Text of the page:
Yarmouth church is victim of arson and hate crime attack

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Yarmouth church is victim of arson and hate crime attack

A Great Yarmouth church has been the victim of an arson attack and shocking religious hate crime with a picture of a devil left on its holy altar.

St Mary's Catholic Church in Regent Road suffered the desecration on Tuesday March 27 when a man walked into the open church, lit a couple of small fires, including attempting to burn a sacred icon taken off the church's altar. As well as this a picture of a satanic figure was left in the icon's place on the holy altar.

The incident has been reported to Norfolk Police who are investigating and appealing for anyone with information to come forward.

The attack has been condemned by Parish Priest Fr Anthony Nwankwo and by the Bishop of East Anglia, Rt Rev Alan Hopes, who pledged that the incident would not stop the Diocese leaving its churches across the region open as places of prayer and sanctuary.

Fr Anthony said: "I was shocked and saddened when I discovered what had happened. When I looked at the altar I saw this picture of something satanic. My immediate thought was to get some holy water and use it with prayer to nullify what the person had done.

"It is a clear attack on the church and our religion which is not acceptable. If people do not like what we do here they can just stay away. Such an attack on our church can never succeed.

"Our parishioners are shocked and sad about what has happened but I was very encouraged by the number of people who came to Mass this morning in support.

"Our church and sanctuary has been desecrated. When I celebrated Mass this morning I did not use the altar or sanctuary, because I felt the altar has been desecrated.

"Something similar happened four months ago when someone came into the church and left a satanic picture at the foot of a cross we have at the back of the church. Two weeks ago someone came in and stole a microphone we use on the altar.

"We will not close the church but to use the altar and sanctuary we need to go through a service to reconsecrate the area. As part of that we will also ask for forgiveness for the person who did this," said Fr Anthony

Brian Lafferty, who has been a parishioner for 33 years and is on the parish council, said he was appalled: "I have never seen anything like it before and it is quite disturbing really, especially in this day and age. I was totally shocked and disgusted when I saw it and there is no room for it in today's society.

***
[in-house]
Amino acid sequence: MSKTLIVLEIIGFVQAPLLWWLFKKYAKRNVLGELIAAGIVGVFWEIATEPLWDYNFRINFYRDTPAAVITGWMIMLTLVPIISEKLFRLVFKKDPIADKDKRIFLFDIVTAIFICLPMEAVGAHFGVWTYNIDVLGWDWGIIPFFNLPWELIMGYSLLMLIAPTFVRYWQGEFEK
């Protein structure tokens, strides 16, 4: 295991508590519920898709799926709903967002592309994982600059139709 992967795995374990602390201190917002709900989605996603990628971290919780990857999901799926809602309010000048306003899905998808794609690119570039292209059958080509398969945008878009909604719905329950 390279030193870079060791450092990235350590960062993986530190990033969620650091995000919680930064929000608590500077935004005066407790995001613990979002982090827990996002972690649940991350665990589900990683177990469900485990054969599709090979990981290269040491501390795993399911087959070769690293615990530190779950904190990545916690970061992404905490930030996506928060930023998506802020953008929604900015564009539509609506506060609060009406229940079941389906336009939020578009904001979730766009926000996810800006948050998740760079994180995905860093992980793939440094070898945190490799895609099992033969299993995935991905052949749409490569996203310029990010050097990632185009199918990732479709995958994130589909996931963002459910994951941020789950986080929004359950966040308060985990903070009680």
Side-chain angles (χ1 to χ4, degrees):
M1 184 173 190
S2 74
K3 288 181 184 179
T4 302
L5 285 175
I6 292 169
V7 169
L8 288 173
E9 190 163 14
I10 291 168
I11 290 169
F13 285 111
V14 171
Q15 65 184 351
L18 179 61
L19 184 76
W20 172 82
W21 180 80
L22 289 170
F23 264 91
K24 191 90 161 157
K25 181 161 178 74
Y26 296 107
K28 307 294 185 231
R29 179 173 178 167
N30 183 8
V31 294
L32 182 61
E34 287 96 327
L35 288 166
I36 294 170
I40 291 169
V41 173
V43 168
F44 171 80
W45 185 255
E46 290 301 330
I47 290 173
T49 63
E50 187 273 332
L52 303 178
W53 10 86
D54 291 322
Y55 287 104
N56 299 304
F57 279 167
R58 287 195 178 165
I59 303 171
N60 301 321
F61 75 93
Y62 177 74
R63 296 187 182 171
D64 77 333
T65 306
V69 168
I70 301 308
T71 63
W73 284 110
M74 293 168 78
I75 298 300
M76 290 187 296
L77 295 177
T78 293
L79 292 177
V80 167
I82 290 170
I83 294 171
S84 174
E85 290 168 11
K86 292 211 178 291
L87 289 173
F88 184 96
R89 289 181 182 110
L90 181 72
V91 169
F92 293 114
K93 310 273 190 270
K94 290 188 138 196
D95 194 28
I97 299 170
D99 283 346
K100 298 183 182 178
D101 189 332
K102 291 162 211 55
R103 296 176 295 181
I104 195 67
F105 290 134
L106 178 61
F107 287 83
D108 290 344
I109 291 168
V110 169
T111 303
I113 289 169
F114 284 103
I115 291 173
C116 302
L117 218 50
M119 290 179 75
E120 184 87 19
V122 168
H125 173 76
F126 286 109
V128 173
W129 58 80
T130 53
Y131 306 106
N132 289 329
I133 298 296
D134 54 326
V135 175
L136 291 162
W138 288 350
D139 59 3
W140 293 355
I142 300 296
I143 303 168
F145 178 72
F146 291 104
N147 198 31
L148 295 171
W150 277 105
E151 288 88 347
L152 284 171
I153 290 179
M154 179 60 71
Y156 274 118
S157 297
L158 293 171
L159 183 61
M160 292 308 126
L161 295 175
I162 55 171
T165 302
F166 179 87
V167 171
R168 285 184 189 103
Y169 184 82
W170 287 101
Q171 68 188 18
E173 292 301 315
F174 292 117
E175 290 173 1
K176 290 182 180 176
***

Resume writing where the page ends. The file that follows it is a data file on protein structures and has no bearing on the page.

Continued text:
"If you want to celebrate like that and worship other gods there are other places you can go. Here, we worship the one God.

"The Police told me that they regard it as a really serious crime because of both the arson and the religious hatred element to it.

"We have clear CCTV pictures of the man who did this, which we have given to the Police and the church is alarmed. But we will be open for business as soon as possible after Fr Anthony has re-blessed the church this morning."

Bishop Alan Hopes said: "I am very saddened by what has happened, especially in Holy Week which is the most important week in the church's year. I am hoping it is not a hate crime, but whoever did it needs to know that he is already forgiven because that is part of who we are as Christians, but we pray that this won't happen again.

"Whatever happens, our churches should remain open because they are places where people can find sanctuary and God's presence, somewhere to pray and bring their concerns to God."

Investigating officer PC Lewis Gilmore, said: "We are treating this very seriously and this is being investigated as a hate incident. I would appeal to anyone who may have information concerning the incident or the person responsible to come forward. We do have CCTV which is being examined as part of our enquiries."

Anyone with information should contact PC Gilmore at Great Yarmouth Police Station on 101 or alternatively call Crimestoppers anonymously on 0800 555 111.

Pictured above are Fr Anthony and Brian Lafferty with the damaged icon in front of the desecrated altar and sanctuary (below) at St Mary's in Great Yarmouth. Pictures by Keith Morris.